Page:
Voice Media Group announced today that it has reached an agreement to sell the storied LA Weekly to Semanal Media, LLC. The company informed the members of the Weekly’s local bargaining unit of the decision this afternoon. VMG chief executive officer Scott Tobias said he expected the deal to close within two weeks. Dirks, Van Essen & Murray, a media merger and acquisition firm based in Santa Fe, New Mexico, is representing Voice Media Group in the transaction.
Where to begin? The menu is scrawled in marker on greasy brown paper bags. It's BYOB. It has a phone number and a website, but neither is currently functional. Your server might not remember that he's already taken your order, but he will confer "blessings" upon you multiple times. The crowd is generally, painfully Silver Lake–ian, high-waisted jeans–wearing and quirkily beautiful. The seating is almost entirely outdoors on the sidewalk in a jumble of colorfully painted but rickety tables and chairs.
A visit to any shop flaunting designs by indie makers shows that Los Angeles' ceramics boom continues to explode. But among the copious saguaro-style incense holders and anonymous stoneware containers, one designer stands apart: Heather Levine. She's perhaps best known for her ceramic pendant lamps, those sleekly designed, colorfully glazed objects adorned with porous pinholes, teardrops or ovals.
Muck Rack makes it simple to find people, tweets, or articles that mention any name, keyword, company, hashtag etc. We've compiled this guide to help you make the most of your search.
Selecting a term
Start searching tweets, articles from media outlets, articles mentioned in tweets, journalists'
names, titles and bios with some suggested searches:
Companies or Topics (e.g. iPhone, Microsoft)
Phrases (e.g. "cloud computing") — use quotes to keep the terms together
Twitter handles (e.g. @username) — returns those who have mentioned or replied to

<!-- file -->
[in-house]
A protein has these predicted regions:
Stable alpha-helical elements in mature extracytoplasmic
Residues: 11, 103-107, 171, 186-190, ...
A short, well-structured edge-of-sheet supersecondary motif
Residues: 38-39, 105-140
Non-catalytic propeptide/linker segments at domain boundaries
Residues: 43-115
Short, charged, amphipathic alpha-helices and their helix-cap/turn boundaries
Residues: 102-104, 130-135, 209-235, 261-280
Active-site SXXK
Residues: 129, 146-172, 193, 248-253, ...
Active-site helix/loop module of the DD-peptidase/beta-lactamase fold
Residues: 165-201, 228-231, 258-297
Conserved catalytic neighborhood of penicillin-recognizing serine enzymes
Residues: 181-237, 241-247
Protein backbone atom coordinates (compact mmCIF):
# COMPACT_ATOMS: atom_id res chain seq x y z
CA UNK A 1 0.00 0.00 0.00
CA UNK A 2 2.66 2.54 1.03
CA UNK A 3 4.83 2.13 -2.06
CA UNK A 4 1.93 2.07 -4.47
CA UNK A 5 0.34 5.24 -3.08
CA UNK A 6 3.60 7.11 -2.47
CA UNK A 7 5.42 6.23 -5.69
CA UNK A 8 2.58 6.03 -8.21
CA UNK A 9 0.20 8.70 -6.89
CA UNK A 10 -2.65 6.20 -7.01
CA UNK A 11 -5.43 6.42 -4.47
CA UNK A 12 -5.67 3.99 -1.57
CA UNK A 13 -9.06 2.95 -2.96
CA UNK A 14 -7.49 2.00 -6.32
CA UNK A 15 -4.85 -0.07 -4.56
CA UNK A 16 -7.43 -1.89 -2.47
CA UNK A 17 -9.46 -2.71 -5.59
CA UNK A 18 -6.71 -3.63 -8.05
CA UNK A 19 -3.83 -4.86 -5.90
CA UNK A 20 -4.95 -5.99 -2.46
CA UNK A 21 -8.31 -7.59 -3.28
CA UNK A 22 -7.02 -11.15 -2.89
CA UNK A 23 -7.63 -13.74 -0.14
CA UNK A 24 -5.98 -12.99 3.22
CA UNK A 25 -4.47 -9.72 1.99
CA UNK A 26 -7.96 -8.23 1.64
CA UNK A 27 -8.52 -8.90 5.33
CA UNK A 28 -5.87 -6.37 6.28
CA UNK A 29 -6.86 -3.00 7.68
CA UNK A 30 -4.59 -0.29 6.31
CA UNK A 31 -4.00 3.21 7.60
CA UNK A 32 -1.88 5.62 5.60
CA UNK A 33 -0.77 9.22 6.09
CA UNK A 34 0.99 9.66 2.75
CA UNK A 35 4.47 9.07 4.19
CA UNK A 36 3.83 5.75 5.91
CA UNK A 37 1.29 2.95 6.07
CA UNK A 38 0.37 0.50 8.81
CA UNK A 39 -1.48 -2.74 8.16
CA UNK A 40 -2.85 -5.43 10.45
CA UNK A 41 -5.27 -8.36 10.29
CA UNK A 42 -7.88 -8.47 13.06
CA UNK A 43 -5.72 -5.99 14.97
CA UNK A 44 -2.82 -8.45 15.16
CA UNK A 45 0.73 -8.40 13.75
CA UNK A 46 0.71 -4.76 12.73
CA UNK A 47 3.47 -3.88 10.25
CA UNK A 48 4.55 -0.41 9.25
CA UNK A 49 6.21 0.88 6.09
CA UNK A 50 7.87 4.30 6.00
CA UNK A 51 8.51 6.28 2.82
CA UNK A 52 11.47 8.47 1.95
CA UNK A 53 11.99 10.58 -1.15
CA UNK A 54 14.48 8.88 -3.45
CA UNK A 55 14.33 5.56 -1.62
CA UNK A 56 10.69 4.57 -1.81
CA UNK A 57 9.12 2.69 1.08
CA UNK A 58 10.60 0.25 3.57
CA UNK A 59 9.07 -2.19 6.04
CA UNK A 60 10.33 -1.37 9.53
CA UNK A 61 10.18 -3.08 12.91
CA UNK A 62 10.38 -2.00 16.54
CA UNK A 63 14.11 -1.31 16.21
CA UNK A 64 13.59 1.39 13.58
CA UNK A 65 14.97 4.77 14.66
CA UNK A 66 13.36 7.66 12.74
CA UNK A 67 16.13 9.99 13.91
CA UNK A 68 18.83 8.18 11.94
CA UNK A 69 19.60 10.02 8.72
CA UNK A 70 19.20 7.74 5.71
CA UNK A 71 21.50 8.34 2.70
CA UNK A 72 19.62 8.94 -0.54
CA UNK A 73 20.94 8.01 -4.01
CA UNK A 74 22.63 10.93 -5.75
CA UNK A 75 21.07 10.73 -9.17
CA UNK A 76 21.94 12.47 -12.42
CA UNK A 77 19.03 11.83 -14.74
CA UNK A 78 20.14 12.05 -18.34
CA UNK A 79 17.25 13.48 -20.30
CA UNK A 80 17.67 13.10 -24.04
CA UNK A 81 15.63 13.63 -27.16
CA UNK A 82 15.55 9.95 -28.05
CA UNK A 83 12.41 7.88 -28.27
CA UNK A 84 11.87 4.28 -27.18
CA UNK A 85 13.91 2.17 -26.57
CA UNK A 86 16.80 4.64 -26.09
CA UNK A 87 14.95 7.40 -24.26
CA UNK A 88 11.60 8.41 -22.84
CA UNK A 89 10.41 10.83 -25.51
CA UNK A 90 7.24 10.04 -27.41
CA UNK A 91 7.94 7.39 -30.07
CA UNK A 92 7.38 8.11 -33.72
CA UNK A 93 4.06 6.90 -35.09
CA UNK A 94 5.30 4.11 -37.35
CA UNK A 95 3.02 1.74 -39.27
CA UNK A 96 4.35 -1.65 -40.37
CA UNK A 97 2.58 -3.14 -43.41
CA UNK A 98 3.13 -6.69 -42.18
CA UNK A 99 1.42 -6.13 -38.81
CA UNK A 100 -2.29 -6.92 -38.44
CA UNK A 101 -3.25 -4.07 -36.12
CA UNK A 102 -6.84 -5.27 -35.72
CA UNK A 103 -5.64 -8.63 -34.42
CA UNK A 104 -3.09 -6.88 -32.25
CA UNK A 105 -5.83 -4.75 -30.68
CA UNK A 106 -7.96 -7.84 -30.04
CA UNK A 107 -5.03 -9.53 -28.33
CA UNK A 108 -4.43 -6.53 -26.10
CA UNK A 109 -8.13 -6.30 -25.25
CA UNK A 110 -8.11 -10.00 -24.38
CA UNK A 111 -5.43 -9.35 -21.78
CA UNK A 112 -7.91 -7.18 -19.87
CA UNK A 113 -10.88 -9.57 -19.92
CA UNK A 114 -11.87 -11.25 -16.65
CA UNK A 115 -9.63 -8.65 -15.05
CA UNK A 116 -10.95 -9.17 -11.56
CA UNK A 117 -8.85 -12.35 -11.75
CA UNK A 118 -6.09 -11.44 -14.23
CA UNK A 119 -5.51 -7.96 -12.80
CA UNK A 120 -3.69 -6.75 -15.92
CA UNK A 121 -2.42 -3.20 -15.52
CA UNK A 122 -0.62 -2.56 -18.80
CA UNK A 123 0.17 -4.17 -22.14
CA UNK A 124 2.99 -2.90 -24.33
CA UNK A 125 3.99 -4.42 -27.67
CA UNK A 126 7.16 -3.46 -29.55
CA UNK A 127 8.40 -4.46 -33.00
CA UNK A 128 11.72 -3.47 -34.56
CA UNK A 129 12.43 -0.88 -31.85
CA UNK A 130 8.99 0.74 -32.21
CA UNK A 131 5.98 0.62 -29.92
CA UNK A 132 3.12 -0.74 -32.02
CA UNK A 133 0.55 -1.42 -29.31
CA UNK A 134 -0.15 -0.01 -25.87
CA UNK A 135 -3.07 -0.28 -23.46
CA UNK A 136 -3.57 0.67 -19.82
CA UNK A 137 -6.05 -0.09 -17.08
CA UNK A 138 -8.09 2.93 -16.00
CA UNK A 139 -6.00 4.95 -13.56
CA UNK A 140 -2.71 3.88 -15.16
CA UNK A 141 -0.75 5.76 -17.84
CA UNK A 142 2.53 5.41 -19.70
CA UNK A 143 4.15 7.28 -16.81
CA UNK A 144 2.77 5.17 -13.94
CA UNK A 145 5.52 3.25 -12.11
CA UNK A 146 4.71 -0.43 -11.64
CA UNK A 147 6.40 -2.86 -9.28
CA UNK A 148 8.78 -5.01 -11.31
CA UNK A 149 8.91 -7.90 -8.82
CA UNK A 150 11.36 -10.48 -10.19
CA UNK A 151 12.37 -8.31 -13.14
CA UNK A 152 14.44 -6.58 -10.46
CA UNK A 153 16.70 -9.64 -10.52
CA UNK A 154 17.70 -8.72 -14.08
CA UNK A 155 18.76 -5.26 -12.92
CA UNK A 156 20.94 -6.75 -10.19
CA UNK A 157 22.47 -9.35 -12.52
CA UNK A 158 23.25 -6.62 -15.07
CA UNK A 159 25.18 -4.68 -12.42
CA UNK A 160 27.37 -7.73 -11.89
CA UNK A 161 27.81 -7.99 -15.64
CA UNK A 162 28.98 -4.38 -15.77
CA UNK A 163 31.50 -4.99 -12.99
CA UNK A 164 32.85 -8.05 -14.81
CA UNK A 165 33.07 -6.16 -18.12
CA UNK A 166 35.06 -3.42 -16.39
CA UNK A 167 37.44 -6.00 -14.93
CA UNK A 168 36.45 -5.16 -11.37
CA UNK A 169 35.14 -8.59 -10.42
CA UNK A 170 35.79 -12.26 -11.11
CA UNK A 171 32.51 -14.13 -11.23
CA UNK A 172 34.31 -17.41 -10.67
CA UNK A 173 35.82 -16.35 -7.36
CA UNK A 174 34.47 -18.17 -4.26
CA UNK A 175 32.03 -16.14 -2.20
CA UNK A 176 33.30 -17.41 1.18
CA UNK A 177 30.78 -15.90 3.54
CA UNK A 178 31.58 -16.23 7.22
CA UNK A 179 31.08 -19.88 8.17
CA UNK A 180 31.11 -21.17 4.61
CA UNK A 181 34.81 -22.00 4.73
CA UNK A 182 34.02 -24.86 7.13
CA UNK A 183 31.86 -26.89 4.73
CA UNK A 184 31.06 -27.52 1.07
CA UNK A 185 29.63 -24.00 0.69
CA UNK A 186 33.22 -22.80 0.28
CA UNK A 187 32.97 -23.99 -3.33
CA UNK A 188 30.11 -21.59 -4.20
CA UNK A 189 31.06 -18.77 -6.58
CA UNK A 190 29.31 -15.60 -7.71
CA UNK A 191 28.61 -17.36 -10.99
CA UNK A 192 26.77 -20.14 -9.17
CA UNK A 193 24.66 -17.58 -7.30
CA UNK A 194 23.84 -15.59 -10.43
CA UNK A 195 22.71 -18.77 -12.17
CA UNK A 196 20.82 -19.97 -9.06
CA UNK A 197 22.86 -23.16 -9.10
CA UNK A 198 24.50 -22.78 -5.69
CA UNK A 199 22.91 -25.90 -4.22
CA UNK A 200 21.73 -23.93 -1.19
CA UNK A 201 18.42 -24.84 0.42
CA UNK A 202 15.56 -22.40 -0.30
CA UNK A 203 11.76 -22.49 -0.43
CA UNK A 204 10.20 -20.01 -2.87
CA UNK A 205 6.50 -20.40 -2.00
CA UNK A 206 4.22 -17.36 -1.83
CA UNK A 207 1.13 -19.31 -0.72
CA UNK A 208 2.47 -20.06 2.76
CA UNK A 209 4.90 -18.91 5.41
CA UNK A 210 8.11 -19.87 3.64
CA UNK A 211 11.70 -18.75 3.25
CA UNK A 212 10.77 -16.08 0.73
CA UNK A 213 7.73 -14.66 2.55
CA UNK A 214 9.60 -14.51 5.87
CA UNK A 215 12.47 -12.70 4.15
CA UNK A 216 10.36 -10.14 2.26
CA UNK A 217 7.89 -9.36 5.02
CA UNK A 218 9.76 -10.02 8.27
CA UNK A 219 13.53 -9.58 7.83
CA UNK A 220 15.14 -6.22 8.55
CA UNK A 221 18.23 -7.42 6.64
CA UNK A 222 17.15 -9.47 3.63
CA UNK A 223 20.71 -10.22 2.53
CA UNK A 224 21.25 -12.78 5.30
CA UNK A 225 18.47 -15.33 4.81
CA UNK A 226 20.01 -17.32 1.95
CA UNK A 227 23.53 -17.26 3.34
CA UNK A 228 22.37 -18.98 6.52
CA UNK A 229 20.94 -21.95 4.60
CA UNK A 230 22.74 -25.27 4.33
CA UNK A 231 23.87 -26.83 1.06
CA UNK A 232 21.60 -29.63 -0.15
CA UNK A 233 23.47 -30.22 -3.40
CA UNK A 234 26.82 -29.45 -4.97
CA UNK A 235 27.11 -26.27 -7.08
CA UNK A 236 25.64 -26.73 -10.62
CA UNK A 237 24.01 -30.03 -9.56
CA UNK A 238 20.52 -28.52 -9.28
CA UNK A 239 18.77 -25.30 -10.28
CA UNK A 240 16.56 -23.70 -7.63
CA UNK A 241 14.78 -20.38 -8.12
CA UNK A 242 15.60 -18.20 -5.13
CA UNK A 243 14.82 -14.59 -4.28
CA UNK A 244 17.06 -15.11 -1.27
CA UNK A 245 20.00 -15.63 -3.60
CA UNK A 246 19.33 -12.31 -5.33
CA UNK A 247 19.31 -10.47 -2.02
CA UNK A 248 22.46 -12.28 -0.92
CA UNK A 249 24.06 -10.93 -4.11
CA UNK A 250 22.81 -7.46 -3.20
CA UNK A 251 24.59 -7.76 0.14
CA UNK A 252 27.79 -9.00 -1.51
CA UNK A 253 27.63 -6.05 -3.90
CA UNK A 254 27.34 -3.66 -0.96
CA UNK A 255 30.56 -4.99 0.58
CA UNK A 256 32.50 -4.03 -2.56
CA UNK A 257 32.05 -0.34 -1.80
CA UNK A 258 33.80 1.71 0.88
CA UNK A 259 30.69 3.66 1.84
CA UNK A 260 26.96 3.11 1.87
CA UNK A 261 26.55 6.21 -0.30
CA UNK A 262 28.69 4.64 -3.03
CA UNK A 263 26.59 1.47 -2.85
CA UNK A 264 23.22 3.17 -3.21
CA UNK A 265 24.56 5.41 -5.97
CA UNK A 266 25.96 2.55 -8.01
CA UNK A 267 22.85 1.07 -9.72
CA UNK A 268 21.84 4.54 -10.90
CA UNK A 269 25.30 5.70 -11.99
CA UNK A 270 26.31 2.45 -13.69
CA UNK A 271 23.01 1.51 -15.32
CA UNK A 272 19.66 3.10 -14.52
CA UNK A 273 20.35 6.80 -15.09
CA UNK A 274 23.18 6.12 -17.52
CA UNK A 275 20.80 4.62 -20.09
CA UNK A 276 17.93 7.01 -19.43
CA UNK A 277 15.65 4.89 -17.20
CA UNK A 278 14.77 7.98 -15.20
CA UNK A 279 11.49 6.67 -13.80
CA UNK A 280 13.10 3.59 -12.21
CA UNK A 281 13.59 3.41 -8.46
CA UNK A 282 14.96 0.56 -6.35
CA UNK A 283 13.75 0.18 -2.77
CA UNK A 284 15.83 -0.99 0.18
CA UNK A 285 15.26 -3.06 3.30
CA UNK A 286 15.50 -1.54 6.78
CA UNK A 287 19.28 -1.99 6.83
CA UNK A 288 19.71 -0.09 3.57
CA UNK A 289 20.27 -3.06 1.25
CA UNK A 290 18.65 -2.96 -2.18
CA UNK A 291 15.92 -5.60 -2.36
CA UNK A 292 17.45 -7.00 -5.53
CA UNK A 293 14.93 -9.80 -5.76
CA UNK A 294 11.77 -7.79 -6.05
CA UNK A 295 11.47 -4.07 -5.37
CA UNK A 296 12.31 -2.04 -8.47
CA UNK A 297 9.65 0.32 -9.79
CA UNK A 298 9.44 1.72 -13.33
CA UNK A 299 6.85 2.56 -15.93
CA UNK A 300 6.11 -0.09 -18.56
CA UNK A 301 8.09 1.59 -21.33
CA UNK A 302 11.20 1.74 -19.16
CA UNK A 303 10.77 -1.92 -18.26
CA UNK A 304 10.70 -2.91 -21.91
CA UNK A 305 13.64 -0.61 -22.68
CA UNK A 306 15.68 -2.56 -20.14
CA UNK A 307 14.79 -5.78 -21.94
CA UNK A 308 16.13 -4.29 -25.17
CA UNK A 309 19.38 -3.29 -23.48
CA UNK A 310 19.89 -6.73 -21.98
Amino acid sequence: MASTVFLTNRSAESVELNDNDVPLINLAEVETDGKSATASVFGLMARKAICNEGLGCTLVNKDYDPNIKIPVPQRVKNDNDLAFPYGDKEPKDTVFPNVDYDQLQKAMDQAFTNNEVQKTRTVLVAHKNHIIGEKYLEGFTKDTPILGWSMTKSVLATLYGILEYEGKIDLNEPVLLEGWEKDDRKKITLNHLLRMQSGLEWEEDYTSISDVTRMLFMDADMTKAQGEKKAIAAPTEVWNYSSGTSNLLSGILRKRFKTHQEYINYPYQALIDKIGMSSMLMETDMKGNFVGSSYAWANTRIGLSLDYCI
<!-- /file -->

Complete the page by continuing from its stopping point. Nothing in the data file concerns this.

Names (e.g. "David Pogue")
Hashtags (e.g. #sxsw, #london2012)
Bio details (e.g. vegan, Olympics, father)
Muck Rack's Advanced Search allows for many boolean operators.
Find results that mention multiple specified terms, use AND or
+. For example, ensure each result contains both Elon Musk and Mark Zuckerberg by
searching Musk AND Zuckerberg or Musk + Zuckerberg.
Use the operators OR or , to broaden your search when you'd like either of
multiple terms to appear in results. (This is the default behavior of our search when no operators
are used). For example, results will contain either cake or cookie by searching cake OR cookie or cake,cookie
Use NOT or - to subtract results from your search. For
example, searching Disney will yield results about the Walt Disney Company as well as Walt Disney
World Resort. To exclude mentions of Disney World, search for Disney -World or Disney
When using one of these operators with a phrase, enclose it in quotation marks. For example, you can
find results about smartphones excluding Apple's iPhone 4S by searching smartphone -"iPhone
Exact case matching or punctuation
If you're searching for a brand name or keyword that relies on specific punctuation marks or capitalization, you can
find results that match your exact query by adding matchcase: before the keyword you're searching for, like matchcase:E*TRADE .
Use parentheses to separate multiple
boolean phrases. For example, to find journalists talking about having fun in Disney World or
Disneyland, search for ("disney world" OR disneyland) AND fun.
An asterisk can be used to search for any variation of a root word truncated by the asterisk. For example, searching for admin* will return results for administrator, administration, administer, administered, etc.
A near operator is an AND operator where you can control the distance between the words. You can vary the distance the near operation uses by adding a forward slash and number (between 0-99) such as strawberries NEAR/10 "whipped cream", which means the strawberries must exist within 10 words of "whipped cream".